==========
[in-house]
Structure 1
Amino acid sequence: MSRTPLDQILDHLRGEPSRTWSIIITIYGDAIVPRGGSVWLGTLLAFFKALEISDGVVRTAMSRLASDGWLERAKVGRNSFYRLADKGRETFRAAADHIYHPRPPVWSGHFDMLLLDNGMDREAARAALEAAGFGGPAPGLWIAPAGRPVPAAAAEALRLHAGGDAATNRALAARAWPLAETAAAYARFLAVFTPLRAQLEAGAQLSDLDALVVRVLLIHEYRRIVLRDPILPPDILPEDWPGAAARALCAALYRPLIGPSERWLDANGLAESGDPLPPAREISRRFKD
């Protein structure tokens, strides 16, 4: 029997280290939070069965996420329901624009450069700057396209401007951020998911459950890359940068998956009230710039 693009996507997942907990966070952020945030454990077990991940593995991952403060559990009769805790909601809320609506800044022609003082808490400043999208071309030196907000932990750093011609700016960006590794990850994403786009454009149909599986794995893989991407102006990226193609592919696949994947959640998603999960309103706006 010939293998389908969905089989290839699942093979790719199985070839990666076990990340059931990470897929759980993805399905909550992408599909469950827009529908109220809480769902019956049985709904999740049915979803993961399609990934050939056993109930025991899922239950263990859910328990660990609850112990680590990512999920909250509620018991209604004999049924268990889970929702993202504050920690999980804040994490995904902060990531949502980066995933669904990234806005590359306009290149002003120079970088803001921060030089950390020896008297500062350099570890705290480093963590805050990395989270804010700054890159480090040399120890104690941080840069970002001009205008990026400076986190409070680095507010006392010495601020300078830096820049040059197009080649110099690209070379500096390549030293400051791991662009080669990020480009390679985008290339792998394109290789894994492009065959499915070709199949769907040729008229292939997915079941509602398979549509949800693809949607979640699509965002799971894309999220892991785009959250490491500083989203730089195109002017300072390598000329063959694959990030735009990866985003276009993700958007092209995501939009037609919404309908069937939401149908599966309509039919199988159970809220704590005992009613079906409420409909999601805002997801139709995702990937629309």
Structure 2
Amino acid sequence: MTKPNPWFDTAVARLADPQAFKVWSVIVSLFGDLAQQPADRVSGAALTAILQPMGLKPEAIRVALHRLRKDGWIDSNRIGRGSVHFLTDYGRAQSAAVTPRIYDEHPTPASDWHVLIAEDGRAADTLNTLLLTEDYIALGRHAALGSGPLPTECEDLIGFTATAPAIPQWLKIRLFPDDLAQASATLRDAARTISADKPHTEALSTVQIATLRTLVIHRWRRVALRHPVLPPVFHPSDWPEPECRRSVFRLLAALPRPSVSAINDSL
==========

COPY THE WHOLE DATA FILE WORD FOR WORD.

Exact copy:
[in-house]
Structure 1
Amino acid sequence: MSRTPLDQILDHLRGEPSRTWSIIITIYGDAIVPRGGSVWLGTLLAFFKALEISDGVVRTAMSRLASDGWLERAKVGRNSFYRLADKGRETFRAAADHIYHPRPPVWSGHFDMLLLDNGMDREAARAALEAAGFGGPAPGLWIAPAGRPVPAAAAEALRLHAGGDAATNRALAARAWPLAETAAAYARFLAVFTPLRAQLEAGAQLSDLDALVVRVLLIHEYRRIVLRDPILPPDILPEDWPGAAARALCAALYRPLIGPSERWLDANGLAESGDPLPPAREISRRFKD
């Protein structure tokens, strides 16, 4: 029997280290939070069965996420329901624009450069700057396209401007951020998911459950890359940068998956009230710039 693009996507997942907990966070952020945030454990077990991940593995991952403060559990009769805790909601809320609506800044022609003082808490400043999208071309030196907000932990750093011609700016960006590794990850994403786009454009149909599986794995893989991407102006990226193609592919696949994947959640998603999960309103706006 010939293998389908969905089989290839699942093979790719199985070839990666076990990340059931990470897929759980993805399905909550992408599909469950827009529908109220809480769902019956049985709904999740049915979803993961399609990934050939056993109930025991899922239950263990859910328990660990609850112990680590990512999920909250509620018991209604004999049924268990889970929702993202504050920690999980804040994490995904902060990531949502980066995933669904990234806005590359306009290149002003120079970088803001921060030089950390020896008297500062350099570890705290480093963590805050990395989270804010700054890159480090040399120890104690941080840069970002001009205008990026400076986190409070680095507010006392010495601020300078830096820049040059197009080649110099690209070379500096390549030293400051791991662009080669990020480009390679985008290339792998394109290789894994492009065959499915070709199949769907040729008229292939997915079941509602398979549509949800693809949607979640699509965002799971894309999220892991785009959250490491500083989203730089195109002017300072390598000329063959694959990030735009990866985003276009993700958007092209995501939009037609919404309908069937939401149908599966309509039919199988159970809220704590005992009613079906409420409909999601805002997801139709995702990937629309």
Structure 2
Amino acid sequence: MTKPNPWFDTAVARLADPQAFKVWSVIVSLFGDLAQQPADRVSGAALTAILQPMGLKPEAIRVALHRLRKDGWIDSNRIGRGSVHFLTDYGRAQSAAVTPRIYDEHPTPASDWHVLIAEDGRAADTLNTLLLTEDYIALGRHAALGSGPLPTECEDLIGFTATAPAIPQWLKIRLFPDDLAQASATLRDAARTISADKPHTEALSTVQIATLRTLVIHRWRRVALRHPVLPPVFHPSDWPEPECRRSVFRLLAALPRPSVSAINDSL